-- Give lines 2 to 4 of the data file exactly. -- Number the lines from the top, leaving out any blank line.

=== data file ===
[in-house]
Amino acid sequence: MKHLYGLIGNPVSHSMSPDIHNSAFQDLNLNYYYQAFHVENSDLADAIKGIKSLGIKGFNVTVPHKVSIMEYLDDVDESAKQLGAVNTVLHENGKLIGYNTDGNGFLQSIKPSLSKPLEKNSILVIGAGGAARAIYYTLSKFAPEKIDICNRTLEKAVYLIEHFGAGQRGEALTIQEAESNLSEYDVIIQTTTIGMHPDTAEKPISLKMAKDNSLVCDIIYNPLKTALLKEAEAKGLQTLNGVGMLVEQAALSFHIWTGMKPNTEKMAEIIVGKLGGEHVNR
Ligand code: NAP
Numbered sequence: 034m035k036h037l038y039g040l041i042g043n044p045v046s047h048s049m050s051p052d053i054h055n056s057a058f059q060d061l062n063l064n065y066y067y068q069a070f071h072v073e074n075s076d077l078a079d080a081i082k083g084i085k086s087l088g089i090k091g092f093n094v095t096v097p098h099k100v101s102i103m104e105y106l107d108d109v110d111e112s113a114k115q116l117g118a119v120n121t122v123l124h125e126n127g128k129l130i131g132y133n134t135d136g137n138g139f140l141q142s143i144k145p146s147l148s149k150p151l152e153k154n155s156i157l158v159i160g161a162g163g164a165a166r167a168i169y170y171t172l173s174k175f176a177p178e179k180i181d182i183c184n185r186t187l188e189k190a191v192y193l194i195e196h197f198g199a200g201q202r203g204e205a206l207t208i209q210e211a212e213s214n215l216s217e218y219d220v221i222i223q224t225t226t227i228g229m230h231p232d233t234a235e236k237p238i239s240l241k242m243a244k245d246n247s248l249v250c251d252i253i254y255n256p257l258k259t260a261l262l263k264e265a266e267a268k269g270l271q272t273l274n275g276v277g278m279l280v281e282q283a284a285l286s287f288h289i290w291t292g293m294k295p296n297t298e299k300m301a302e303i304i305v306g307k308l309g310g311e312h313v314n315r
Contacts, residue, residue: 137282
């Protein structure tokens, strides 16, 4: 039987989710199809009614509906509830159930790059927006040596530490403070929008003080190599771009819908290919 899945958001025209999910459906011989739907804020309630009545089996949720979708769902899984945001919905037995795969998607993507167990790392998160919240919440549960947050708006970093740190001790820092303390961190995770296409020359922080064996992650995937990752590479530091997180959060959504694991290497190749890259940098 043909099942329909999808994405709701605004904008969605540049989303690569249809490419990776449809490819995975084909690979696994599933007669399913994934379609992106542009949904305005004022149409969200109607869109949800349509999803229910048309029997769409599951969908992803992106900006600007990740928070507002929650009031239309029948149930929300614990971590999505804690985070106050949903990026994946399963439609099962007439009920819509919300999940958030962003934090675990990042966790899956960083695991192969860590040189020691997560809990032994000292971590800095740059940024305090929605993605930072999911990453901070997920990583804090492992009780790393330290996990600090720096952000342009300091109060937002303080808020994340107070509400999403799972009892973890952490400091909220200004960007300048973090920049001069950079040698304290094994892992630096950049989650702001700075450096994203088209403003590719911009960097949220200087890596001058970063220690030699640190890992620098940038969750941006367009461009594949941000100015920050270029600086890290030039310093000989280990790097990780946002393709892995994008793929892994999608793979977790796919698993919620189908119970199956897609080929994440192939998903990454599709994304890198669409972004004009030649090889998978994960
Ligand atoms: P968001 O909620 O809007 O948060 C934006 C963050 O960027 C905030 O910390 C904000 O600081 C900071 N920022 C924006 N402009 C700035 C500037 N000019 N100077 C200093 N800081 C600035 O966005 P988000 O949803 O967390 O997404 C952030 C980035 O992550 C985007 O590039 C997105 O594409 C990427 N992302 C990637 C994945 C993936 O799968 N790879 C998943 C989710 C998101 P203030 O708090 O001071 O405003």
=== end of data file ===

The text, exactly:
Amino acid sequence: MKHLYGLIGNPVSHSMSPDIHNSAFQDLNLNYYYQAFHVENSDLADAIKGIKSLGIKGFNVTVPHKVSIMEYLDDVDESAKQLGAVNTVLHENGKLIGYNTDGNGFLQSIKPSLSKPLEKNSILVIGAGGAARAIYYTLSKFAPEKIDICNRTLEKAVYLIEHFGAGQRGEALTIQEAESNLSEYDVIIQTTTIGMHPDTAEKPISLKMAKDNSLVCDIIYNPLKTALLKEAEAKGLQTLNGVGMLVEQAALSFHIWTGMKPNTEKMAEIIVGKLGGEHVNR
Ligand code: NAP
Numbered sequence: 034m035k036h037l038y039g040l041i042g043n044p045v046s047h048s049m050s051p052d053i054h055n056s057a058f059q060d061l062n063l064n065y066y067y068q069a070f071h072v073e074n075s076d077l078a079d080a081i082k083g084i085k086s087l088g089i090k091g092f093n094v095t096v097p098h099k100v101s102i103m104e105y106l107d108d109v110d111e112s113a114k115q116l117g118a119v120n121t122v123l124h125e126n127g128k129l130i131g132y133n134t135d136g137n138g139f140l141q142s143i144k145p146s147l148s149k150p151l152e153k154n155s156i157l158v159i160g161a162g163g164a165a166r167a168i169y170y171t172l173s174k175f176a177p178e179k180i181d182i183c184n185r186t187l188e189k190a191v192y193l194i195e196h197f198g199a200g201q202r203g204e205a206l207t208i209q210e211a212e213s214n215l216s217e218y219d220v221i222i223q224t225t226t227i228g229m230h231p232d233t234a235e236k237p238i239s240l241k242m243a244k245d246n247s248l249v250c251d252i253i254y255n256p257l258k259t260a261l262l263k264e265a266e267a268k269g270l271q272t273l274n275g276v277g278m279l280v281e282q283a284a285l286s287f288h289i290w291t292g293m294k295p296n297t298e299k300m301a302e303i304i305v306g307k308l309g310g311e312h313v314n315r